"The biochemical process of fermentation in foods encourages the growth of friendly bacteria that help maintain a healthy gut," as mentioned in Dorsling Kindersley's Healing Foods.
Indian culinary space is abundant with a range of fermented food items; what are items like buttermilk, yogurt, dal and rice batters, pickles, idlis, dosas and appams, if not the product of fermentation? Light on the stomach and great for hair, skin and overall nourishment of the body, fermented foods can easily be a part of your daily diet without any fuss or added effort. In the world of miso and kombucha, it will be grossly unfair to not talk about an ingredient that deserves a spotlight in its own right - kefir.
What is Kefir?
For starters, kefir is nothing but fermented milk. Some may link it to a type of yogurt drink with a distinct flavour. Kefir is a product of fermentation, of course. It is created by culturing fresh milk with kefir grains which are nothing but live colonies of yeast and bacteria. The fermented, probiotic drink comes loaded with potassium, calcium, protein and a bevy of other micronutrients.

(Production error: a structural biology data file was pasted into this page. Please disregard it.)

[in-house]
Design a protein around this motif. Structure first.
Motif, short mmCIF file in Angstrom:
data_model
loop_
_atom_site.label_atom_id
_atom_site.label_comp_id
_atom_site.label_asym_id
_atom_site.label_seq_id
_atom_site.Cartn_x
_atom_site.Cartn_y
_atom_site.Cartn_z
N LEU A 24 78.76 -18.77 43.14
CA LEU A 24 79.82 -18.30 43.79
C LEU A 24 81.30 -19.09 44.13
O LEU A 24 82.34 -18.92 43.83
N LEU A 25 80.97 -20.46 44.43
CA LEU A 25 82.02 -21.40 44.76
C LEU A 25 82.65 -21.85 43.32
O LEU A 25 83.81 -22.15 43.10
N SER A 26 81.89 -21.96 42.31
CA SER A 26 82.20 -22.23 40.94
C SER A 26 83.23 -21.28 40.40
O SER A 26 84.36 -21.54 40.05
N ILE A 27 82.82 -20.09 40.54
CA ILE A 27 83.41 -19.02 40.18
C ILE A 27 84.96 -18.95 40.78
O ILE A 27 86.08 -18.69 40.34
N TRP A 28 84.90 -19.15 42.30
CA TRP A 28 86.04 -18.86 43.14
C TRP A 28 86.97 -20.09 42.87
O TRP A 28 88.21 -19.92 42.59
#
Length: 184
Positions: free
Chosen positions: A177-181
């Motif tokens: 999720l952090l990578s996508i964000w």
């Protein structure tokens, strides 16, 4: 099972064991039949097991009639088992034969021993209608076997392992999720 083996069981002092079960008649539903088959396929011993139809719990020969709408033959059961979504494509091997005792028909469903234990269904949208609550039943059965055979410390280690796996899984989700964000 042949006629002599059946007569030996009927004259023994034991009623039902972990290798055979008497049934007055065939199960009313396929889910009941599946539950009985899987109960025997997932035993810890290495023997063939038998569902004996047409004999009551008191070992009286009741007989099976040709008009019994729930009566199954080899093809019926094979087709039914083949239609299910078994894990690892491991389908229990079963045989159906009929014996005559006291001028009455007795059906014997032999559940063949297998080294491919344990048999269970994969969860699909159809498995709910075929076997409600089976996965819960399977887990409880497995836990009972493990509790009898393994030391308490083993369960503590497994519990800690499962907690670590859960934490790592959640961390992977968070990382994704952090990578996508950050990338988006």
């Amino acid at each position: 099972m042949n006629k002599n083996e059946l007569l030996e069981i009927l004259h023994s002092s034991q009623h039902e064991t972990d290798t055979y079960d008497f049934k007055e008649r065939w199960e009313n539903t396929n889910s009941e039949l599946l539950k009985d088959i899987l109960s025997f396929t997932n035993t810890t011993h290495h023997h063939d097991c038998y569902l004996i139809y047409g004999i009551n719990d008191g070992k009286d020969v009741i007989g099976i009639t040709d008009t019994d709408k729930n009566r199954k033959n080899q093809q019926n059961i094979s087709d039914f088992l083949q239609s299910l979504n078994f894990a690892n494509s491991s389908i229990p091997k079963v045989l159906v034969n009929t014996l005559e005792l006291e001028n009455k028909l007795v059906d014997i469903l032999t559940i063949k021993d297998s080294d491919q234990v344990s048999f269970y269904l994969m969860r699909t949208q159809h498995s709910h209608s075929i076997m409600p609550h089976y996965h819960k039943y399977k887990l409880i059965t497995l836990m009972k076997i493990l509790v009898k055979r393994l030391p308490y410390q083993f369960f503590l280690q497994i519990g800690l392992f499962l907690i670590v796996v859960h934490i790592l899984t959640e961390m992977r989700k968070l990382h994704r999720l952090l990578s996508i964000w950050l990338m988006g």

What is it Good For?
Kefir comes enriched with a fibre called kefiran, which helps check the inflammatory response in the body and boosts immunity. "Regular consumption may increase the activity of the body's natural killer cells and T-helper cells that help kickstart the immune response," as noted in Dorsling Kindersley's Healing Foods.
A host of studies published previously have linked kefir with slowing the growth of breast cancer cells. A recent study published in the journal Dairy Science suggests kefir to have benefits for cancer survivors.
Make it at Home
It is best advised to create kefir at home. Unpasteurized or pasteurized nonhomogenised milk would be your best bet. One tablespoon of kefir grains would suffice for close to 4 cups of milk. This can be kept in a cool, dry place for a day. Strain the milk and use existing kefir grains for the next batch. Kefir can be stored in the refrigerator for up to a week. It will continue fermenting on its own and achieve a thicker consistency over the days. The best deal about it is the fact that kefir milk can be used similar to regular milk to arrive at cheese, yogurt, spreads and other delectable food items. Its mild acidity also makes it a viable option to tenderise meat.
A chat with your medical practitioner or a certified nutritionist can offer a holistic entry into the world of kefir and other fermented foods and how best to include them in your regular diet to reap maximum health benefits.